The first principle of cooperation is voluntary and open membership. This means that anyone, regardless of sex, age, race, ethnicity, nationality, ability, orientation, religion, status, income, or other characteristic, may be a member of a cooperative, as long as that person is able and willing to take on the responsibilities and duties of membership. But many cooperative businesses realize that to be successful, a more positive and proactive approach is needed – not just lack of exclusion, but deliberate inclusion. In this workshop, participants explore their current assumptions regarding their co-op's membership, clientele, suppliers, and supporters, and start to work out what inclusion would look like in every aspect of their operations, from planning, to marketing, to membership recruitment and education, to personnel, to governance and decision making.
The Tyranny of Structurelessness? Identifying, Addressing, and Dealing With Informal Power Dynamics in Cooperatives
In this workshop, the group will grapple with the concept of "the tyranny of structurelessness" within cooperatives. The participants will be asked: how does a lack of structure cause informal hierarchies and influence power dynamics? Through activities, readings, and small-group discussion and writing, participants will address how to prevent a "tyranny of structurelessness" in their own cooperative situations.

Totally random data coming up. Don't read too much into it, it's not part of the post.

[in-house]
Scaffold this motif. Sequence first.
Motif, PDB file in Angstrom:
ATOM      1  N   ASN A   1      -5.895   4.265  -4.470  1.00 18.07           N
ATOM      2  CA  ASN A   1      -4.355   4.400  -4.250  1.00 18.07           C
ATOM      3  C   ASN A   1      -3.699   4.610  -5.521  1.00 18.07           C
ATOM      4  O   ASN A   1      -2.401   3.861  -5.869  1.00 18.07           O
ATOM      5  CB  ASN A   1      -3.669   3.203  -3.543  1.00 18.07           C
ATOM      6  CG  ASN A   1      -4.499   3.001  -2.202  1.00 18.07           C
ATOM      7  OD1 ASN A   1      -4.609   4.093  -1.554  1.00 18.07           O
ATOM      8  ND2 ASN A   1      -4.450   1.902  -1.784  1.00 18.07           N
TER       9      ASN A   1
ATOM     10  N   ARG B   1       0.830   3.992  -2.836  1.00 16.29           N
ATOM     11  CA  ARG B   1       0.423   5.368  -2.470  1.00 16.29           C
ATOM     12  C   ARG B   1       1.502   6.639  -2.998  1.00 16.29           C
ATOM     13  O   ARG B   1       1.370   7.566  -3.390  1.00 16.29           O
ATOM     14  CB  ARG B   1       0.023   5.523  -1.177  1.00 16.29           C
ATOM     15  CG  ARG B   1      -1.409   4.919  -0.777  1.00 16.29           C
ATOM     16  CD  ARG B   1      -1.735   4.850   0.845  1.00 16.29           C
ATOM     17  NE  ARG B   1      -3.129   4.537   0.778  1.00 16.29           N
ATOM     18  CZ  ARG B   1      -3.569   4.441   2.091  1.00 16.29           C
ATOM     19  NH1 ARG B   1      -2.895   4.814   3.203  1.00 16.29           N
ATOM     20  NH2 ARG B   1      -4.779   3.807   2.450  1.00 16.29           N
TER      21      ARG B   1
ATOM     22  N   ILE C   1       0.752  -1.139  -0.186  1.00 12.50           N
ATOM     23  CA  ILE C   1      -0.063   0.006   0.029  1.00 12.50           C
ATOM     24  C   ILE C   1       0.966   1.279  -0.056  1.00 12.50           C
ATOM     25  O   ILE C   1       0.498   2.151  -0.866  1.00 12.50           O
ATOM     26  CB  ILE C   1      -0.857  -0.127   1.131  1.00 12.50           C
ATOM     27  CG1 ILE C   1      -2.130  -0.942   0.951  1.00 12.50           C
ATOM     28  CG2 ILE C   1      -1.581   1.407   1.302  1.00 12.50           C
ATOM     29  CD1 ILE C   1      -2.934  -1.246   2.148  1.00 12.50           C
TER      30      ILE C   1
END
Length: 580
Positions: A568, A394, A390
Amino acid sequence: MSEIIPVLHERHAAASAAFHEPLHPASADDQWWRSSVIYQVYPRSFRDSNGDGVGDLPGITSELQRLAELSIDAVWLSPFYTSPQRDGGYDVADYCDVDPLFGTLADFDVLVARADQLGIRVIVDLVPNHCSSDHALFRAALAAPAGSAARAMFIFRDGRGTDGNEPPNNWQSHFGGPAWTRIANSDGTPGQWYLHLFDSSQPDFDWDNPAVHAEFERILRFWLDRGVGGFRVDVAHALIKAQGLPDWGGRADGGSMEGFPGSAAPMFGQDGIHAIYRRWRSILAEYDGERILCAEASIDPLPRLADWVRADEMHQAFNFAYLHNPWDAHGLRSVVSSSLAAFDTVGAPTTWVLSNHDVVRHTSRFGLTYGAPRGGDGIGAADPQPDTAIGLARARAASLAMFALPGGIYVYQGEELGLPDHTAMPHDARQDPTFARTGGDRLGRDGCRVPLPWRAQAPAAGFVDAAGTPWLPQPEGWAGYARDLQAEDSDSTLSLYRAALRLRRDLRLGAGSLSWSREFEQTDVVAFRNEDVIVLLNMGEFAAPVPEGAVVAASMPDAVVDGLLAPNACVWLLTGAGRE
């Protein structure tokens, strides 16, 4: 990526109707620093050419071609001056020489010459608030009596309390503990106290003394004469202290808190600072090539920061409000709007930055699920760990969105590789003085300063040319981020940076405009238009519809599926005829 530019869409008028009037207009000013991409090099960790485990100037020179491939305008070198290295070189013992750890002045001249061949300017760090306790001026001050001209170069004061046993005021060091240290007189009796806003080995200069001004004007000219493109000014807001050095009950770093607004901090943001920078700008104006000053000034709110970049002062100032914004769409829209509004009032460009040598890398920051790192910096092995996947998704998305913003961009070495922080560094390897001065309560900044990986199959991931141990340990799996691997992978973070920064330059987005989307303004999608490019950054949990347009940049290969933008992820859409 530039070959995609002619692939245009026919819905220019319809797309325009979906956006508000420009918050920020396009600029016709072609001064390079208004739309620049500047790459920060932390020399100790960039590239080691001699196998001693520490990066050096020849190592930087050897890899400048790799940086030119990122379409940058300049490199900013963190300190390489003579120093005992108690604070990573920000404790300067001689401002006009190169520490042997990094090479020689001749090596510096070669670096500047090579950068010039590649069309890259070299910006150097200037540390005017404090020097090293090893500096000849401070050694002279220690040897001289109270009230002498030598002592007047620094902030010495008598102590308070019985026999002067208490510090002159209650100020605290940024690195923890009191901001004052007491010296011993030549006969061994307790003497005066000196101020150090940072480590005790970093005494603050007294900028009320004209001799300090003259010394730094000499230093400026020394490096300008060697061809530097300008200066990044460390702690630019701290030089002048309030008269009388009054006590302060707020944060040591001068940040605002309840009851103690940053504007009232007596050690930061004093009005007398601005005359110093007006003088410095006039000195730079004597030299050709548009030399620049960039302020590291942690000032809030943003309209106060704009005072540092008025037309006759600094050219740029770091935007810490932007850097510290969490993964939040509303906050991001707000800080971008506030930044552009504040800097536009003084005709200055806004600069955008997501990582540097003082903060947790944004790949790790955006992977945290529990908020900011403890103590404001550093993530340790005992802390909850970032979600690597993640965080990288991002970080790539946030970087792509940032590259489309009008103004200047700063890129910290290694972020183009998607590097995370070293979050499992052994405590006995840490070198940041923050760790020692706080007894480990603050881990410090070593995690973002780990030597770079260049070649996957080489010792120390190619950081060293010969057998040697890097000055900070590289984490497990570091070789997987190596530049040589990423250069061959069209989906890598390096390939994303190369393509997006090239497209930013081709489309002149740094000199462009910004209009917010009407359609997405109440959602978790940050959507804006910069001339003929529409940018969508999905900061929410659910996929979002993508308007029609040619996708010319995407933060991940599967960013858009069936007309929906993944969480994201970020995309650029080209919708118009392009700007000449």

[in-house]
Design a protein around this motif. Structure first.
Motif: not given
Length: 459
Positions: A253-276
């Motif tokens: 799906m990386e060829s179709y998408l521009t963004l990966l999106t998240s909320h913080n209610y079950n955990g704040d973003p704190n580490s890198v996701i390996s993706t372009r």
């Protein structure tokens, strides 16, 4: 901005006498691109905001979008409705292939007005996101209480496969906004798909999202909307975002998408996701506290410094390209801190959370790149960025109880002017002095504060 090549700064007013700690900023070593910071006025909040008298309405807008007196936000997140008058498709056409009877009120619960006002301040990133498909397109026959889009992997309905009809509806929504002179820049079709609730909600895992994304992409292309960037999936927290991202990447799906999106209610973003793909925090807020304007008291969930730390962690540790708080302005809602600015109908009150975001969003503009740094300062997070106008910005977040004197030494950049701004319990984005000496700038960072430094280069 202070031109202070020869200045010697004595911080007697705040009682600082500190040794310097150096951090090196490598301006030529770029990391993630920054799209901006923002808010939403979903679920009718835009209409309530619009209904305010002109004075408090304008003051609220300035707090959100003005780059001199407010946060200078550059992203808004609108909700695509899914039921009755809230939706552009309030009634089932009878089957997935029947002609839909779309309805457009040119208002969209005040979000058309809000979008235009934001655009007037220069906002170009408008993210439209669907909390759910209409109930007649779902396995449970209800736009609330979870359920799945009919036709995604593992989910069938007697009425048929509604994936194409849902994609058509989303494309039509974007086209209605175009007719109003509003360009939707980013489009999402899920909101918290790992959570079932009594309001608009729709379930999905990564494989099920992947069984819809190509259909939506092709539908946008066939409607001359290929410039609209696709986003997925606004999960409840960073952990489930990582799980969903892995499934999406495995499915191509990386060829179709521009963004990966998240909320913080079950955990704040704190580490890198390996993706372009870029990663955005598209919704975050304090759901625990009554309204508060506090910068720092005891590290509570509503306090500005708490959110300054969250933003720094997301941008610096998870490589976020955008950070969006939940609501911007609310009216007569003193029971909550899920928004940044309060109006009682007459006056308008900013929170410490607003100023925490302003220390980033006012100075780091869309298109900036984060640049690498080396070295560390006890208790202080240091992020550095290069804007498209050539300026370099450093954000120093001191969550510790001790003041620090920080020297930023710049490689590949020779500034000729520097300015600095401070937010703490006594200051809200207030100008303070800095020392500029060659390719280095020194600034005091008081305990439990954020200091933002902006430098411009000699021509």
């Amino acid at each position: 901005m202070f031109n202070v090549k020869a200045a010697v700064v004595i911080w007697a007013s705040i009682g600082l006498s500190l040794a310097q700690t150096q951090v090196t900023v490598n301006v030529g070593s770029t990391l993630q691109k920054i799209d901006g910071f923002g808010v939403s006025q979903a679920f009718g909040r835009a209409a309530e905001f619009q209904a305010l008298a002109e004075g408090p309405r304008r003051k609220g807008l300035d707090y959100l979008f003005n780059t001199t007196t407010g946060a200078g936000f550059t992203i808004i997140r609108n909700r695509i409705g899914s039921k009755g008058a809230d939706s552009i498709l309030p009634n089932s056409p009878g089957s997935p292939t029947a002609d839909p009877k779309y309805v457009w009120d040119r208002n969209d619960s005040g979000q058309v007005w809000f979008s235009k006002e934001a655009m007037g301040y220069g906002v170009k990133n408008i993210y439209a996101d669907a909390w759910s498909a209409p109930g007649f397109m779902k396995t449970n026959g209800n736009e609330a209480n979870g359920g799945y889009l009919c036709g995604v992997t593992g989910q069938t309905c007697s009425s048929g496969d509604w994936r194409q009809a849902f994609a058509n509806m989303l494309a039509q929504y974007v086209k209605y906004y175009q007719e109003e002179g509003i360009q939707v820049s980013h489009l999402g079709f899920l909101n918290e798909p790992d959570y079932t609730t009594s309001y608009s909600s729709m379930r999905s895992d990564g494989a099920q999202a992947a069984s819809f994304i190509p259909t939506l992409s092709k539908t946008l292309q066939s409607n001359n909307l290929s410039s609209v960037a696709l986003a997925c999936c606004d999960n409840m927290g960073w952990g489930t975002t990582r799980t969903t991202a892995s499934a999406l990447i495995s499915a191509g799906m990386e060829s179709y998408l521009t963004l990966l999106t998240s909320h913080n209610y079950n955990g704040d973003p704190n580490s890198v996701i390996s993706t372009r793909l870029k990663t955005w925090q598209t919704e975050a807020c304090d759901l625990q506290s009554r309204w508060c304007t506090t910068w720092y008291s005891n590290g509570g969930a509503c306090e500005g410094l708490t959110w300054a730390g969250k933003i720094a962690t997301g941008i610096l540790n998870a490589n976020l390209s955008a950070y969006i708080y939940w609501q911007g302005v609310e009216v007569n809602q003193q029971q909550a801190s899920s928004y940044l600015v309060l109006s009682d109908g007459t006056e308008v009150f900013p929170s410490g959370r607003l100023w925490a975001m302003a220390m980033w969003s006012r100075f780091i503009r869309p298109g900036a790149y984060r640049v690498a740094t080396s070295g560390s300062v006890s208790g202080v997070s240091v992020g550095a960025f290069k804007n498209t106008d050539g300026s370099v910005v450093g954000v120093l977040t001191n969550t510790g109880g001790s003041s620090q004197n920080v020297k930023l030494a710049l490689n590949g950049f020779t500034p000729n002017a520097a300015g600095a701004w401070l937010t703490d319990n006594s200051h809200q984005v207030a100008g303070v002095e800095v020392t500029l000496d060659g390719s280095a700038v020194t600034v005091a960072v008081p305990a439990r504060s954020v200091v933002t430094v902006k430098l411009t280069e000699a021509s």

Worker Co-op Specific Trainings
Democracy without Cooperation? An Introduction to the Role of Self-Managed Businesses in Our Society
In this workshop participants explore the differences between mainstream top-down corporations and cooperatives/collectives. This lesson addresses what self-managed business can mean for the society that we live in. Participants explore the following question: how can we have a "big D," a democratic society, without "small d's" (democracies in our schools, towns, and workplaces).
Cooperative Dialogue and Decision Making: Practices, Purposes, and Techniques
This workshop introduces participants to the importance of a strong cooperative decision making culture within co-ops and collectives. It explores both consensus and majority-rule decision-making methods. During this session, participants also engage the concept of "owning" their labor and what labor "owning" capital means as it contrasts to the functions of a standard corporation--and how this influences cooperative decision-making.
Cooperative Problems, Cooperative Solutions: Job Rotation, Shopfloor Committees, and Work Teams
The purpose of this workshop is to introduce participants to some of the many problems and challenges that cooperatives face in the real world. For some, when learning about co-ops, it can be easy to gloss over the existing, historical, and lasting problems of the cooperative movement. This is dangerous for any individual or group considering getting involved with cooperatives: if the problems are masked and ignored, people will be unprepared when they actually encounter them.
Oppressions within the Cooperative Movement: A Reality That Must Be Confronted
Worker cooperatives are by no means exempt from the societal injustices that have persisted throughout our history and still exist today. This workshop will specifically address three of these oppressions: racism, sexism, and classism. Participants will examine these injustices within the context of worker co-ops and the movement in general. This workshop draws on cooperative literature and real life cooperatives as a jumping off point for dialogue.
Do you want to request assistance from a Cooperative Development Specialist? If so, please fill out this Request for Assistance. Your group may be eligible for a free consultation or even free in-depth technical assistance. View our consultations page for more details.
How to Start a Co-op
Interested in starting a cooperative, but unsure of the steps and details involved? Download CDI's Informational packet here.